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Heart Anatomy (External)

    Heart (Anterior VIew)

     

    Heart Anatomy Anterior View Image 

     

    Heart (Posterior View)

     

    Heart Anatomy Posterior View Image 

     

     
    Main Chambers of the Heart
    • Right Atria:
      • Receives venous (or deoxygenated) blood from the superior and inferior vena cava and the coronary sinus and transfers.
      • Functions to transfer blood thru the tricuspid valve during diastole (ventricular relaxation) into the right ventricle.
    • Left Atria:
      • Receives oxygenated blood from the pulmonary veins and transfers it through the mitral valve during diastole (ventricular relaxation) into the left ventricle.
    • Right Ventricle
      • Receives blood from the right atrium via the tricuspid valve during diastole and is responsible for moving deoxygenated blood to the lungs for oxygenation and CO2 elimination during systole (ventricular contraction).
      • Considered a low pressure system
    • Left Ventricle:
      • Receives blood from the left atrium via the mitral valve during diastole and is responsible for moving oxygenated blood to the systemic vasculature and organs during systole (ventricular contraction).
      • Considered a higher-pressure system compared to the right ventricle.
    Orientation of the Heart
    • Anterior or Sternocostal Surface:
      • Mainly the right ventricle
    • Inferior Border or Diaphragmatic Surface:
      • Mainly the left ventricle and part of the right ventricle
    • Right Border or Pulmonary Surface:
      • Right atrium
    • Left Border or Pulmonary Surface:
      • Left ventricle and creates the cardiac impression in the left lung
    Blood Supply
    • General: 
      • The endocardium and subendocardial tissue receive oxygen and nutrients by diffusion or microvasculature directly from the chambers of the heart. The remainder is supplied by the coronary vasculature, which is primarily embedded in the pericardial fat on the surface of the heart and supplies predominantly the epicardium.
    • Left Coronary Artery:
      • Arises from the proximal aspect of the aortic sinuses, superior to the aortic valve in the ascending aorta.
      • Supplies blood flow to the:
        • Left atrium
        • Left Ventricle (majority of it)
        • Right Ventricle (small portion of it)
        • Interventricular system
    • Right Coronary Artery:
      • Arises from the proximal aspect of the aortic sinuses, superior to the aortic valve in the ascending aorta.
      • Supplies blood flow to the:
        • Right atrium
        • Sinoatrial node (SA node) in about 60% of people
        • AV node in about 80% of people
        • Right border of the heart and ventricle
        • Posterior aspect of the heart
        • Patients who are right coronary artery dominant have a branch off of the right coronary artery that supplies the posterior interventricular branch (or posterior descending artery).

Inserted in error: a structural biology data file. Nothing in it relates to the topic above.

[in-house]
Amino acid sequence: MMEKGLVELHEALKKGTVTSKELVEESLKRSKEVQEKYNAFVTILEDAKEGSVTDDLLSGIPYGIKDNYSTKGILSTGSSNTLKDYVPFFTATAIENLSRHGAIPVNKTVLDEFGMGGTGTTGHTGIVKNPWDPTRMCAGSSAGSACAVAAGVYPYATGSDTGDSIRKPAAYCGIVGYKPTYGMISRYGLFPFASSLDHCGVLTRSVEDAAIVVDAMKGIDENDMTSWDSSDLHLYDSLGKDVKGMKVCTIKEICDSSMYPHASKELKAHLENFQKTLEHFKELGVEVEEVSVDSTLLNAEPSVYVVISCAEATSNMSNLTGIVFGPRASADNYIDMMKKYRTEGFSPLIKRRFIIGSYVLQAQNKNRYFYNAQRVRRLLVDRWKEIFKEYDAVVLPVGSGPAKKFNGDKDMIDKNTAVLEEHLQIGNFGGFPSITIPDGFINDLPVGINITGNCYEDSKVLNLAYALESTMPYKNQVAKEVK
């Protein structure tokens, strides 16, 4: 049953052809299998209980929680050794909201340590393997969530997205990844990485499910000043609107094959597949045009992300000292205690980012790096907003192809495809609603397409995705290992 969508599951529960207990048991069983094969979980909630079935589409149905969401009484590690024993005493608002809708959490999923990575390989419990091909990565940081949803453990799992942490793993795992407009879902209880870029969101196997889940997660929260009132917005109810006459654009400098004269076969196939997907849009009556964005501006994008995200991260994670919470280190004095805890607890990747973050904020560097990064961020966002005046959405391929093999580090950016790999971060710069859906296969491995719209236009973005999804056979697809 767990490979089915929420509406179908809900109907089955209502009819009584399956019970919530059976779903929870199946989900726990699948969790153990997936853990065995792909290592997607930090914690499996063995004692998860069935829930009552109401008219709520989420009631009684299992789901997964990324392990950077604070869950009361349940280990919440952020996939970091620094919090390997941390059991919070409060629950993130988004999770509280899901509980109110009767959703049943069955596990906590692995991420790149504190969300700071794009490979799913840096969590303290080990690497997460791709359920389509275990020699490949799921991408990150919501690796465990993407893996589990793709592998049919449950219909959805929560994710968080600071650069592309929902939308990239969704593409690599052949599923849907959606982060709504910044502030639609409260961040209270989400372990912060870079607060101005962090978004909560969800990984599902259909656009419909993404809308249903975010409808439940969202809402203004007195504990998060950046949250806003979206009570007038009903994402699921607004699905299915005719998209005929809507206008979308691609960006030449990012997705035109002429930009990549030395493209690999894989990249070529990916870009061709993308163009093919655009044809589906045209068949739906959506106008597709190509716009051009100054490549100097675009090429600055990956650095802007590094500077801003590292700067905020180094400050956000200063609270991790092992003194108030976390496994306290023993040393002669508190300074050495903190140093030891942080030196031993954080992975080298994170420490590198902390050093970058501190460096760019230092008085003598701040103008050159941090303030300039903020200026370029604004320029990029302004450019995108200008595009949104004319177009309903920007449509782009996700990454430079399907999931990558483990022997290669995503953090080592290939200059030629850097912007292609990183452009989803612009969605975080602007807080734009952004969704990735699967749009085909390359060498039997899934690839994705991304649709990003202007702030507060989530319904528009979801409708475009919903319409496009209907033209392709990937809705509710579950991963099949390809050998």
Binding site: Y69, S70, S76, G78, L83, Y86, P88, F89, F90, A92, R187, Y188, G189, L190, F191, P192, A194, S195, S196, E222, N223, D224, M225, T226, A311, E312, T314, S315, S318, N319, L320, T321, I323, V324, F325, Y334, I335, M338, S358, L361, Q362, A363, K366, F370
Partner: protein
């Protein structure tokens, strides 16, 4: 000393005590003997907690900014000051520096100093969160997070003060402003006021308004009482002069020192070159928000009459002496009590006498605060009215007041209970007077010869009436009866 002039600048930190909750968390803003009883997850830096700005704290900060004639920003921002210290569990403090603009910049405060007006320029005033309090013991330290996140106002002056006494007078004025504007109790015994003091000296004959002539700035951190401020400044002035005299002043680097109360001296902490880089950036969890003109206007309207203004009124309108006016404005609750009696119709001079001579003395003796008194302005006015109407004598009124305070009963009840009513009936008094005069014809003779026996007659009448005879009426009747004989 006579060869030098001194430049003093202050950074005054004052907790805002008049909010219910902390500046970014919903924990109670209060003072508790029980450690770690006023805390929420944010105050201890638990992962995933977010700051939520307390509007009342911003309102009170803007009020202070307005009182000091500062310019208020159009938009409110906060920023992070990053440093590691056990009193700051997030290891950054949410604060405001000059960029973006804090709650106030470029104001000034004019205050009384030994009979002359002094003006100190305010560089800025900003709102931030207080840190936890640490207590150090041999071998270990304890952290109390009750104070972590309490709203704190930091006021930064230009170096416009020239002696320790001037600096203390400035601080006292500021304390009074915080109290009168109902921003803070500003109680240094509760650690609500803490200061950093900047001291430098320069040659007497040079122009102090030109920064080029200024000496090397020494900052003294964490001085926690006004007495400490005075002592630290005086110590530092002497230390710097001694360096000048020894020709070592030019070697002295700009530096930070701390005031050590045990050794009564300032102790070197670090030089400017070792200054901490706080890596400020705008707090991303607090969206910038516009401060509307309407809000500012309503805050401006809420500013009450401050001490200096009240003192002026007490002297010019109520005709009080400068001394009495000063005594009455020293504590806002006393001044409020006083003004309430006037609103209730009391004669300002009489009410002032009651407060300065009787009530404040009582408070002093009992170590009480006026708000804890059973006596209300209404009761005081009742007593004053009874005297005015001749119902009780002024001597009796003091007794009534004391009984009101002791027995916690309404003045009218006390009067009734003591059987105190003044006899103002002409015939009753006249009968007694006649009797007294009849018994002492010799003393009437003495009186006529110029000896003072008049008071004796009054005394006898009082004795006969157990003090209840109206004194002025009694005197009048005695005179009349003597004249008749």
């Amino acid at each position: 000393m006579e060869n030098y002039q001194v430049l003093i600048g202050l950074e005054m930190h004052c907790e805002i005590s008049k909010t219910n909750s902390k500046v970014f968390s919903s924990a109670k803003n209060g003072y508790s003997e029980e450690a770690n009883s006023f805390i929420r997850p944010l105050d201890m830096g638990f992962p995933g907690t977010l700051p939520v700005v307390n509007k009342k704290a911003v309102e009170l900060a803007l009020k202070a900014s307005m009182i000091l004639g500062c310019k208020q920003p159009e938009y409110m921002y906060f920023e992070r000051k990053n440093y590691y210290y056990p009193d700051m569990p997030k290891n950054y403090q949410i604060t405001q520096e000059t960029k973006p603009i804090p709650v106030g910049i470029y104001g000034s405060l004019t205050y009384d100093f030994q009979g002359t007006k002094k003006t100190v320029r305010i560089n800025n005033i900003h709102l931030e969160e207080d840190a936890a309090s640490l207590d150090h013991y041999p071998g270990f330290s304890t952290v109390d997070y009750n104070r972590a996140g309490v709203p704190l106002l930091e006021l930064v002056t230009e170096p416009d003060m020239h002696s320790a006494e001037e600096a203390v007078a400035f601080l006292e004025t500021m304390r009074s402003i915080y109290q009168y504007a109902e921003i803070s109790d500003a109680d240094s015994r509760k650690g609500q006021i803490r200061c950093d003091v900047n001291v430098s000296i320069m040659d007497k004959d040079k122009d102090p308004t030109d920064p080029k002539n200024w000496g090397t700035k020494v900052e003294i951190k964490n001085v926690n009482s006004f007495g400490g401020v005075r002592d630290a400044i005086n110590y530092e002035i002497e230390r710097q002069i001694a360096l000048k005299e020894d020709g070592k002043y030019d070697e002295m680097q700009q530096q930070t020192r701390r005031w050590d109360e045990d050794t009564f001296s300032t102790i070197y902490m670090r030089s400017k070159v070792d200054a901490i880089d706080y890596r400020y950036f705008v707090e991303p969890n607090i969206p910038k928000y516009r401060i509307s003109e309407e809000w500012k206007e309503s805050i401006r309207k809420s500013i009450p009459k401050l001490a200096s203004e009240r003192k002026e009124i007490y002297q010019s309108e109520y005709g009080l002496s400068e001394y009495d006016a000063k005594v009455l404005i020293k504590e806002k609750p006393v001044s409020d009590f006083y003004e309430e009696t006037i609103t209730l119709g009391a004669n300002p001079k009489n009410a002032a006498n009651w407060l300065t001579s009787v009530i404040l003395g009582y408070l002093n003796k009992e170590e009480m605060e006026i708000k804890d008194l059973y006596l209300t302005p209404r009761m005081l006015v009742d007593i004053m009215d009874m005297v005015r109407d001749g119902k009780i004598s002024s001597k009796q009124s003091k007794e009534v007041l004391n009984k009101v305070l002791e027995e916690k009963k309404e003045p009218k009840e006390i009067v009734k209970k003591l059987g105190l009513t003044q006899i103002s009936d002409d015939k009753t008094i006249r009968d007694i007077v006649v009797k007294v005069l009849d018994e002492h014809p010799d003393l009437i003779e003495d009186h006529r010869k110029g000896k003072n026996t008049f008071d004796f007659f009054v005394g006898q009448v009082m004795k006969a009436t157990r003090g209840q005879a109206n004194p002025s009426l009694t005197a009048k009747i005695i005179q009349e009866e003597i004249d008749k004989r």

• About 67% of patients are right dominant.
    Function of the Heart
    • Diastole:
      • State of the cardiac cycle when the ventricles are being filled with blood.
      • The diastolic blood pressure is a reflection of the amount of recoil in the arterial system (i.e., resting pressure on the blood vessels being applied).  The faster the pulse (heart rate), the shorter the diastolic filling time and less run off of blood into more distal arterial vessels/branches, thereby leading to higher diastolic pressures. 
    • Systole:
      • State of the cardiac cycle when the ventricles are contracting and ejecting blood out of the heart.
      • The systolic blood pressure is a reflection of the maximum pressure achieved by the contraction of the left ventricle.  The heart must generate enough force that it creates more pressure within the ventricle so that blood can move forward to areas of lower pressure (i.e., this is the afterload or resistance to forward flow).
    • Pulse Pressure:
      • The difference between the systolic and diastolic blood pressure.
      • Influenced by changes in aortic regurgitation, stroke volume, and changes in vascular compliance.
    Innervation of the Heart
    • Parasympathetic Nervous System:
      • Primary via the vagus nerve (cranial nerve X)
      • Afferent nerve fibers release acetylcholine on target tissues in the heart and work on the muscarinic-2 (M2) receptors
      • Slows pulse through reductions in SA node activation (negative chronotropy) and slowing of action potential speed through the AV node (negative dromotropy)
      • Reduces the force of contraction of the ventricular myocytes (negative inotropy)
    • Sympathetic Nervous System:
      • Superior paravertebral ganglia release norepinephrine to stimulate the B1 receptor
      • Increases the pulse through reductions in SA node activation (positive chronotropy) and increasing the speed of the action potential through the AV node (positive dromotropy)
      • Increases the force of contraction of the ventricular myocytes (positive inotropy)
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    Editors & Reviewers

    Editor-in-Chief: 

    • Anthony J. Busti, MD, PharmD, FNLA, FAHA
    • Karolina DeAugustinis, MD

    Last Reviewed:  July 2015